'Helper' T Cells effective in therapy, and shows early clinical responses in patients with metastatic cancer

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Published: 4 May 2016
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Dr Yong-Chen William Lu - National Cancer Institute, Bethesda, USA

Dr Yong-Chen William Lu speaks with ecancertv at AACR 2016 about a phase I study of using CD4 T cells in therapy.

Often described as 'helper T Cells', CD4 T cells used by Dr Lu helped safely target cancer cells in trial patients and stimulate anti-tumour responses.

He also introduces his ongoing work with MAGE-A3, a cancer gemini antigen that exists only in tumour cells and undifferentiated cells, as a promising target in further trials.


AACR 2016

'Helper' T Cells effective in therapy, and shows early clinical responses in patients with metastatic cancer

Dr Yong-Chen William Lu - National Cancer Institute, Bethesda, USA

What happened in our phase I trial is we’ve been treating fourteen patients in the trial, eight patients doing a dose escalation and six patients at the highest dose. So far we have three responses, one at the dose escalation and the two other responses at the highest dose. For that we have one cervical cancer patient and one oesophageal cancer patient and lastly one urothelial cancer patient. Those patients have been doing well and, mostly importantly, since this is the first CD4 T-cell therapy we are glad to see these phase I studies being safe and we see some early response and we hope that in the phase II trial we can ask the question whether the response will stand to many different types of cancer.

What sets CD4 T-cells apart from CD8 killer T-cells?

There are two types of T-cell, one is CD4 T-cell or people call that the helper T-cell; another type of T-cell called killer T-cell, CD8 T-cell. So usually people think that the CD8 T-cell is in charge of the killing, to tumour cells and CD4 T-cells just provide the help. But today we want to ask the question whether CD4 T-cells alone not just provide help but also these cells can be in charge of the killing.

What pathways do the T-cells use to control cancer growth?

For scientists both in the clinical studies and also preclinical studies, we haven’t found a specific mechanism that induces that. So, so far we are seeing maybe one cytokine, it’s called interferon gamma, may play an important role in that but other than that it’s still very limited. So I think that the success of this clinical trial will help scientists and stimulate scientists to do more studies on the CD4 T-cell because, as we mentioned before, that we have a bias that CD4 T-cells only provide help but they maybe do much more than that.

What else were you discussing here at AACR 2016?

About the MAGE-A3, it’s one of the members of the antigen group is called cancer germline antigen. So that type of antigen is expressed during foetal development but when people grow up to adults that expression has been lost. So the only few places that those antigens will be expressed, one is in the germline cells and the other one is the tumour cell. So that’s why we chose that as a target because since it doesn’t express in the normal cells we avoid the dangers of targeting the T-cells against the normal cells.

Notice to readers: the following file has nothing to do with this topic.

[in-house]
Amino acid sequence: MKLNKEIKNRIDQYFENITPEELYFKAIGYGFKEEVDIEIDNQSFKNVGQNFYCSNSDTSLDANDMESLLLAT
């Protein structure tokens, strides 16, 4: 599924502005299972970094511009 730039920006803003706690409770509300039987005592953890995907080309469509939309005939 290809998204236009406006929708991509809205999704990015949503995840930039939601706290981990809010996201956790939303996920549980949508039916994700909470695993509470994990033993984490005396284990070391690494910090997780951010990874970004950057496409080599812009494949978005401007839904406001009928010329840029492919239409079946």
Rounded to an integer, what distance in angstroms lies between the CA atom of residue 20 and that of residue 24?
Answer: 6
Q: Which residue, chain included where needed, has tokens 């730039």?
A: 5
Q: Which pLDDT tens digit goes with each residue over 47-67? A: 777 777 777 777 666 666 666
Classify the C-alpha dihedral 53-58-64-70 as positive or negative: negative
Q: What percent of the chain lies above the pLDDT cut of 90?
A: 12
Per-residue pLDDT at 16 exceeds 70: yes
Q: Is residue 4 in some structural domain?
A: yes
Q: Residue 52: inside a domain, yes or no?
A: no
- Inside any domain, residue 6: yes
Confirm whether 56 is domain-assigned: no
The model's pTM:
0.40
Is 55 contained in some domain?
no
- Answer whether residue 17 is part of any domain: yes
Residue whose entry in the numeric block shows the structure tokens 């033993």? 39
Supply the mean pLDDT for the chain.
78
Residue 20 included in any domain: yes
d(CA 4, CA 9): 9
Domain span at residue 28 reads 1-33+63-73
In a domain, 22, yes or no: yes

Did it limit autoimmunity?

We don’t think so, we don’t think they have anything to do with autoimmunity in normal humans because normal tissues don’t express MAGE-A3.

What direction is your study heading in?

So far our major direction is to enrol patients from different cancer specimens, as long as they are MAGE-A3 positive. As we mentioned, we focussed on a few that are highly MAGE-A3 positive such as melanoma, oesophageal cancer, urothelial cancer and cervical cancer. So we try to ask the question whether this treatment will help those patients to have significant response and, most important, a long-term survival for those patients. Once we have that, that’s the first step, then the second step we’ll do is to find a different way to enhance the strength of the CD4 T-cell and then we may initiate a different trial to test those hypotheses.

What considerations are taken when targeting CD4 positive T-cells?

For the entire cancer immunotherapy field one of the important things is to choose the target. So, first, we think that MAGE-A3 is a good target and the second consideration is what type of approach we want to use – either use CAR or use TCR. Before that by default people thought just use CD8 T-cells, either use CAR or TCR, but now we have provided a new direction that people may like to try, which is the CD4 T-cell.

What dosage have you found to be most effective?

The dose that we used to define depends on the toxicity that we observed. So the design of the trial is we start with 10 million cells with one patient. If we observe any dose limiting toxicity we’ll stay with that dose and treat for six patients. Since we did not observe any toxicity, so that’s why we moved out to the highest dose and treated six patients to complete the study. So that’s the major purpose for the phase I study, it’s for safety. Then for the phase II then we’ll start the effectiveness and the efficacy for this trial. So at this time then we will start asking questions and just use the highest cell dose to do that.